Judge Adam Arseneau should never be given access to a tank.
A film by Garrett Scott.
Cul de Sac: A Suburban War Story is the tale of Shawn Nelson from Claremont, California, a thirty-five-year-old who walked into his local National Guard armory and stole a tank. He drove the tank towards the city hall, crushing cars and lampposts, doggedly pursued by every police officer and helicopter in the city employ. The cops eventually took him down, but Shawn Nelson's bizarre rampage left a gaping hole in the community as his friends and family struggled to understand his actions. Also, the eighteen-foot mine shaft he had dug beneath his backyard in search of gold. Did we mention that?
It takes a certain kind of man to dig for gold in his own backyard. It takes a different kind of man to hire tweaking meth heads from his neighborhood to help him dig an eighteen-foot-deep shaft in his backyard, then steal a tank. The mystery of Shawn Nelson and his eccentricities is one that may never be solved, but I was a bit surprised that Cul de Sac seems disinterested in exploring it. We get the obligatory interviews with distraught friends and family, tearful bewilderment on their faces as they wonder why their insane meth-addled friend could be capable of anything unexpected, sure, but the film already has already come to its own conclusions about the root cause—and it plays out like a Michael Moore film.
When Cul de Sac isn't showing footage of Nelson driving a tank backwards through the streets of Southern California, it focuses on the town itself: Claremont, a predominantly white suburb of San Diego struggling with the decline of the military industrial complex that kept it gainfully employed following World War II. Like the automobile industry of Michigan, defense contractor General Dynamics employed a large amount of the working-class population, which enjoyed a high standard of living despite minimum education. After the Cold War ended, General Dynamics stopped building planes and missiles there, and the town dive-bombed into lower-class poverty and drug use.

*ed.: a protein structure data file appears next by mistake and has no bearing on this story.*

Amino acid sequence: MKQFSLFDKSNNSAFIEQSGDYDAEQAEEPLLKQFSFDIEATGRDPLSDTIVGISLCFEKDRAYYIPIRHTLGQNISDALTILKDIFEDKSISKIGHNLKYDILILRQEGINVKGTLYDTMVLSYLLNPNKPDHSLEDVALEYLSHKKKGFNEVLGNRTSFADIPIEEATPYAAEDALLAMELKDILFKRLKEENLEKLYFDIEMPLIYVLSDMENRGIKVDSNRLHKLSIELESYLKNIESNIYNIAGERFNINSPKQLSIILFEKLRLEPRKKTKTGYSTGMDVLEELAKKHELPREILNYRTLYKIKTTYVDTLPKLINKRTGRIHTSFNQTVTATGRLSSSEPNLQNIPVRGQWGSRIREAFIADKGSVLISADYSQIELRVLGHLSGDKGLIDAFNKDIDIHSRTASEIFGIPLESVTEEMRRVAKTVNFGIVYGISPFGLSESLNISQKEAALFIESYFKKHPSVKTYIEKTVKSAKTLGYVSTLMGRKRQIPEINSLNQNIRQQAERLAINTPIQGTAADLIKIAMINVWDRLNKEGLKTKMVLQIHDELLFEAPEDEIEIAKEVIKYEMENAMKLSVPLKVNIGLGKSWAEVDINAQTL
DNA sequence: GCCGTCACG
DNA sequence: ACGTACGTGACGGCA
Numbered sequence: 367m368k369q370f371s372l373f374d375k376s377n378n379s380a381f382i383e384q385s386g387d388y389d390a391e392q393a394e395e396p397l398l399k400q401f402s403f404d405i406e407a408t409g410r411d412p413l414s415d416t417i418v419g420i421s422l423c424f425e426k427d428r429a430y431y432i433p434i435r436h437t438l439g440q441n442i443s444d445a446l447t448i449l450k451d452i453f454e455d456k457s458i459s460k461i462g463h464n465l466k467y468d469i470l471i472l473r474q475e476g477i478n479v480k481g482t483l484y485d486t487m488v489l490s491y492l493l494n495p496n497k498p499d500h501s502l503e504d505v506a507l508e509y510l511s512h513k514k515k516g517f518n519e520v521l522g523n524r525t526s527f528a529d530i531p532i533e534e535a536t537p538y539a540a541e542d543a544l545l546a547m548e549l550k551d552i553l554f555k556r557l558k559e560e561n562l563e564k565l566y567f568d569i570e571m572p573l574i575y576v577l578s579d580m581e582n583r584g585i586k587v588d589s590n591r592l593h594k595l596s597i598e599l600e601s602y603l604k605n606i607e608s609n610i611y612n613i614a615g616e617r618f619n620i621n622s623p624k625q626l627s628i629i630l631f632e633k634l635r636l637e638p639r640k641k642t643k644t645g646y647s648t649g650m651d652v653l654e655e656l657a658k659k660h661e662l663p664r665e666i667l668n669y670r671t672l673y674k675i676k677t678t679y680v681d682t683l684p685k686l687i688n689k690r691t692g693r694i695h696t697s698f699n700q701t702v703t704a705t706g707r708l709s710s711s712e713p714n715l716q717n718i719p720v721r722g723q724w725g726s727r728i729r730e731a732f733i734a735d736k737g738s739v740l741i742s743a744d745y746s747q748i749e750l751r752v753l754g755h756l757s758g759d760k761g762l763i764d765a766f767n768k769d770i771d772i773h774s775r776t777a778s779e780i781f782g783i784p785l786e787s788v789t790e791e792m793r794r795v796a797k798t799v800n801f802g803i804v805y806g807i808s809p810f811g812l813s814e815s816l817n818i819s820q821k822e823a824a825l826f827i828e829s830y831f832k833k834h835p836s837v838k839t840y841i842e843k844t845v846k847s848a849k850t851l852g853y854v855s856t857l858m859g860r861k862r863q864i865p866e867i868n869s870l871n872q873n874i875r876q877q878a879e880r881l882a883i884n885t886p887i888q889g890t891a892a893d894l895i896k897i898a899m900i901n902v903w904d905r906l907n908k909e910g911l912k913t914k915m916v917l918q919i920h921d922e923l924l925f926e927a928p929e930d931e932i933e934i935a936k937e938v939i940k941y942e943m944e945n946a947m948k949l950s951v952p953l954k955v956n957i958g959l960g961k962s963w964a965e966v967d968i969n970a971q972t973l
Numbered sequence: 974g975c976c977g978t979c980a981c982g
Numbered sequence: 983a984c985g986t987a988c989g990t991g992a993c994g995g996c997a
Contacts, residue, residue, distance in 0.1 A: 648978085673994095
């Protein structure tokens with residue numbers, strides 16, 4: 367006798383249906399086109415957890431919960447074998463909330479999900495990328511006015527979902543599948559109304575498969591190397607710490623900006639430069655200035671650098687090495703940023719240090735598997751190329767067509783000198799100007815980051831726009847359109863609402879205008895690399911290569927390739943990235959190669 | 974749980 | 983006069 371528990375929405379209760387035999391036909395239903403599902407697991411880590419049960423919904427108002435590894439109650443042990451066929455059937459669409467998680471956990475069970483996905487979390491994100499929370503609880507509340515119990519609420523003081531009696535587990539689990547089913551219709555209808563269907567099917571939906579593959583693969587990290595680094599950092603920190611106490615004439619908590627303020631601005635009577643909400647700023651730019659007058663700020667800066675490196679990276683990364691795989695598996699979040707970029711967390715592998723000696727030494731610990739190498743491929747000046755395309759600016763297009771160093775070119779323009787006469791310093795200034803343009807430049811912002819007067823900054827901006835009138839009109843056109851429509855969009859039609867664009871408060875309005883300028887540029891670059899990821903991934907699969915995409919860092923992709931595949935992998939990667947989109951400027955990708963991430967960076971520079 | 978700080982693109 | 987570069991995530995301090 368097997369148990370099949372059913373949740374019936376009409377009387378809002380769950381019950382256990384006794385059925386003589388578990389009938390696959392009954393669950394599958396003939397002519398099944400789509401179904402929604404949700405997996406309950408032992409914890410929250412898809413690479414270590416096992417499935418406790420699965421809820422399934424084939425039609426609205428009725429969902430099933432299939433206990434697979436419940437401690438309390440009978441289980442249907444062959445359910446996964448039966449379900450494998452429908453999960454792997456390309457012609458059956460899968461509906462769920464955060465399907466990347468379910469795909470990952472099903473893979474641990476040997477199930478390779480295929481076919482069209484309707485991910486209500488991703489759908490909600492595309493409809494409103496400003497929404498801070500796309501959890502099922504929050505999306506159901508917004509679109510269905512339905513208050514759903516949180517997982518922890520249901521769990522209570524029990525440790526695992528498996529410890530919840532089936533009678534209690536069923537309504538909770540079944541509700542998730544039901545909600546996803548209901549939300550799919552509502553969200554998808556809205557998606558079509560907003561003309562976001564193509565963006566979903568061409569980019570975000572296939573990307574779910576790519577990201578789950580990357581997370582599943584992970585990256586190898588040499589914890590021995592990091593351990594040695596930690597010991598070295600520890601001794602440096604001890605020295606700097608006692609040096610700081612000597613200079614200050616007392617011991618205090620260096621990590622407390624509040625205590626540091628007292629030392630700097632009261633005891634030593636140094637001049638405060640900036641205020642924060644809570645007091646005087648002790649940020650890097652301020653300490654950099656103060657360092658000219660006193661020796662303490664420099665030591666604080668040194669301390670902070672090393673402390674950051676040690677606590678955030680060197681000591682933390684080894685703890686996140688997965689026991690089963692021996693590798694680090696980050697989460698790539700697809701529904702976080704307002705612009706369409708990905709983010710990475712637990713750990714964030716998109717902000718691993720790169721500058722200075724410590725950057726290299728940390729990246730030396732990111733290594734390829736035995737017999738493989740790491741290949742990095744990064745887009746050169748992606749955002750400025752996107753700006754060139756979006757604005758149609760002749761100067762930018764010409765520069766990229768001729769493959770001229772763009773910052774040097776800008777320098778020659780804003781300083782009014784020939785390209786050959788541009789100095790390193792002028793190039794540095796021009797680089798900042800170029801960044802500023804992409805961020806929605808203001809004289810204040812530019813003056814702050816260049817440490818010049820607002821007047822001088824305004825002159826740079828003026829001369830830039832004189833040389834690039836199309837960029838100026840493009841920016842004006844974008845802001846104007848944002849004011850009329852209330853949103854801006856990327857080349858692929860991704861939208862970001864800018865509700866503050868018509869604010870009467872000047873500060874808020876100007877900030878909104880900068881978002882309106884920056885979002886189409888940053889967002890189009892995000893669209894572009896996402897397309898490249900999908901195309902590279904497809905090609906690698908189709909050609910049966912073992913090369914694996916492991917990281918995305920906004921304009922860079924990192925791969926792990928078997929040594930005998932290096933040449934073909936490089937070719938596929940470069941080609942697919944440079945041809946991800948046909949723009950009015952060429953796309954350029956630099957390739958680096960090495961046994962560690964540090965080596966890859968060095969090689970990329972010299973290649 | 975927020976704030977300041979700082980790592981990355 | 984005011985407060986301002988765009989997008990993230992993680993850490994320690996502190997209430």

This is the central theme of Cul de Sac, the decline of a once-great town turning its denizens into dejected shells of anxiety and financial poverty—and methamphetamine! Don't forget the meth. Not to sound callous, but it appears that a great majority of Nelson's friends and family have struggled with the drug in the past—some of them while on camera. Nelson was thirty-five, divorced, an Army veteran, addicted to meth, digging holes in his backyard looking for gold. He was a plumber by trade, but his equipment was stolen from his truck, and his utilities had been shut off. His house was in foreclosure, and his live-in girlfriend died of a drug overdose. So Shawn did exactly what any other person would do in his situation—he stole a tank.
Presented in full frame, Cul de Sac is pretty straightforward in terms of assembly; little more than your standard hodgepodge of interviews, stock footage and newsreels. A run-of-the-mill technical presentation: no cleanup of source material, muted colors, and a general lack of fidelity. Audio comes in simple stereo, and gets the job done. Bass response is minimal and dialogue is clear. In terms of extras, we get a twelve-page booklet with some essays on the historical context of the film and some rumination on the editing by the director Garrett Scott.
With a running time of less than 60 minutes, Cul de Sac: A Suburban War Story barely scratches the surface on this strange story, suggesting and hinting at deeper themes the film never finds the time or ability to fully explore and present. Still, it is a fascinating story of human decline.
Tanks don't solve your problems, boys and girls.
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